New York City is known for having some of the best completion times in the country when it comes to construction projects, but not with the (MTA). They need to hire a private consultant to give them advice on how to run these projects, especially since they've admitted that they don't have solid know-how in the area. Given the cost overruns on just about every project, they'd save money in the long run.

Edited by Via Garibaldi 8

Share this post


Link to post
Share on other sites
19 minutes ago, Via Garibaldi 8 said:

It's taken them several MONTHS to install a bloody staircase on the Northbound side of the (4)(5)(6) line at Grand Central, and it doesn't look like anything is being done, so you shouldn't be shocked by this, but I too wonder what's the holdup? Did they run out of funding or are they squabbling with the contractor over change orders or what?  The (MTA) is infamous for making a TON of changes mid-term and those changes don't come cheap and add to the construction time.  They need to hire competent project managers for these jobs that know what they're doing. Now I'm not saying that construction is easy, but Jesus Christ, we're talking about something pretty simple.  An elevator and a staircase should not take this long!

New York City is known for having some of the best completion times in the country when it comes to construction projects, but not with the (MTA). They need to hire a private consultant to give them advice on how to run these projects, especially since they've admitted that they don't have solid know-how in the area. Given the cost overruns on just about every project, they'd save money in the long run.

I doubt a consultant would say anything but something obvious. I think MTA should just try and hire in-house workers instead as they can then neogatiate pay contracts themselves and they can also fire and replace workers who refuse to do their jobs or just stand around.

Share this post


Link to post
Share on other sites
2 minutes ago, R68OnBroadway said:

I doubt a consultant would say anything but something obvious. I think MTA should just try and hire in-house workers instead as they can then neogatiate pay contracts themselves and they can also fire and replace workers who refuse to do their jobs or just stand around.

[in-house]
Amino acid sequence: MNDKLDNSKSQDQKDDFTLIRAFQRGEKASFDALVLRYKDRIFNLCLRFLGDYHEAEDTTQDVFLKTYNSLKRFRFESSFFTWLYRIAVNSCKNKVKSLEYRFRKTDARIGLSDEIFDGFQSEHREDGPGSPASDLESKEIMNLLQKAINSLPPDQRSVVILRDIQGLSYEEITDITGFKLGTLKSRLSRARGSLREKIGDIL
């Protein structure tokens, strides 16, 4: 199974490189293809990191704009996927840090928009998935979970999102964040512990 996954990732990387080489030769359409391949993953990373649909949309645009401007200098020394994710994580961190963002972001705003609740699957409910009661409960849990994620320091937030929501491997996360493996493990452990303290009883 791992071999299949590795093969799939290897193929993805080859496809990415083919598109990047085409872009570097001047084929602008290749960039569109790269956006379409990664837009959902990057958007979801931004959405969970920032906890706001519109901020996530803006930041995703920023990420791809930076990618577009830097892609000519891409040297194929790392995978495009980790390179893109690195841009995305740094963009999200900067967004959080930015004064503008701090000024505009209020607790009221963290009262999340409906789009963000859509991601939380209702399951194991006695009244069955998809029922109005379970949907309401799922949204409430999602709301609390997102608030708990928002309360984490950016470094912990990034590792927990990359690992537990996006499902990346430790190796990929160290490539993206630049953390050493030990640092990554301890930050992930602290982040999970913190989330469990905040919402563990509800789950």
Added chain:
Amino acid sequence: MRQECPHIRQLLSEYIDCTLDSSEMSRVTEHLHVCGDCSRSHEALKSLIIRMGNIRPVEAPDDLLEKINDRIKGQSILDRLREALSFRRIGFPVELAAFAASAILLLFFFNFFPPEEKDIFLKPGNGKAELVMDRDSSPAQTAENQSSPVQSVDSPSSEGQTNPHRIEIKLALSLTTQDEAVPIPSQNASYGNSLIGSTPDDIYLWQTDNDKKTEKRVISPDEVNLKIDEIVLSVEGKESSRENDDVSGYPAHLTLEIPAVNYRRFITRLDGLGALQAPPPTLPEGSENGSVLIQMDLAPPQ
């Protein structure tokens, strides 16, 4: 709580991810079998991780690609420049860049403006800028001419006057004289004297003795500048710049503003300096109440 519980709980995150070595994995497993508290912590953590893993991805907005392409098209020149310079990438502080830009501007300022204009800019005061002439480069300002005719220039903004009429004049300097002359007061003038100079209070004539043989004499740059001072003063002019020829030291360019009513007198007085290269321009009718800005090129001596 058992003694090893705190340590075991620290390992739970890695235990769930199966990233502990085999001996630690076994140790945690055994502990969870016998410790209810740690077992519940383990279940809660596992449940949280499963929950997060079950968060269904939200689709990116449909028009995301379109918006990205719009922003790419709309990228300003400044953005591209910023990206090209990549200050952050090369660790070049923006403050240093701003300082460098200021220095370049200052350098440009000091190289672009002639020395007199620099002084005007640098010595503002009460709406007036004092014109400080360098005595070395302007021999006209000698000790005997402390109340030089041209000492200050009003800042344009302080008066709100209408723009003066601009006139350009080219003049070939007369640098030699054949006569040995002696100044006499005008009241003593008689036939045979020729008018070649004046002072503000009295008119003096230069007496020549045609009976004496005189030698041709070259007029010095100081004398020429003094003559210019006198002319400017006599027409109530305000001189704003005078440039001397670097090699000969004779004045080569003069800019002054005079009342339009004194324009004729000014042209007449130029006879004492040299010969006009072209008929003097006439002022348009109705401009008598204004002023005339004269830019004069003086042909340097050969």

A consultant could advise them on a number of things that they may not have experience in... I was a project manager in the field and there were a number of clients that had such an arrangement so that they didn't get taken to the cleaners so to speak.  For one the cost of the trades and materials...  Sometimes it's the change orders that become really pricey and that's where a contractor can really screw you over if you don't know your stuff. If they have subs that they use that they can get a deal on but then overcharge you for it, well they certain will, and once the change orders are signed off on that's it. You agreed to the changes and the costs.  As Lance stated, another big problem is they keep using the same contractors, and these guys know the deal.  They've been in the business long enough to know the mark-ups and what their competition is charging, even if it's just a rough idea.  

Share this post


Link to post
Share on other sites

Join the conversation

You can post now and register later. If you have an account, sign in now to post with your account.

Guest
Reply to this topic...

×   Pasted as rich text.   Restore formatting

  Only 75 emoji are allowed.

×   Your link has been automatically embedded.   Display as a link instead

×   Your previous content has been restored.   Clear editor

×   You cannot paste images directly. Upload or insert images from URL.

Sign in to follow this  

×
×
  • Create New...

Important Information

By using this site, you agree to our Terms of Use.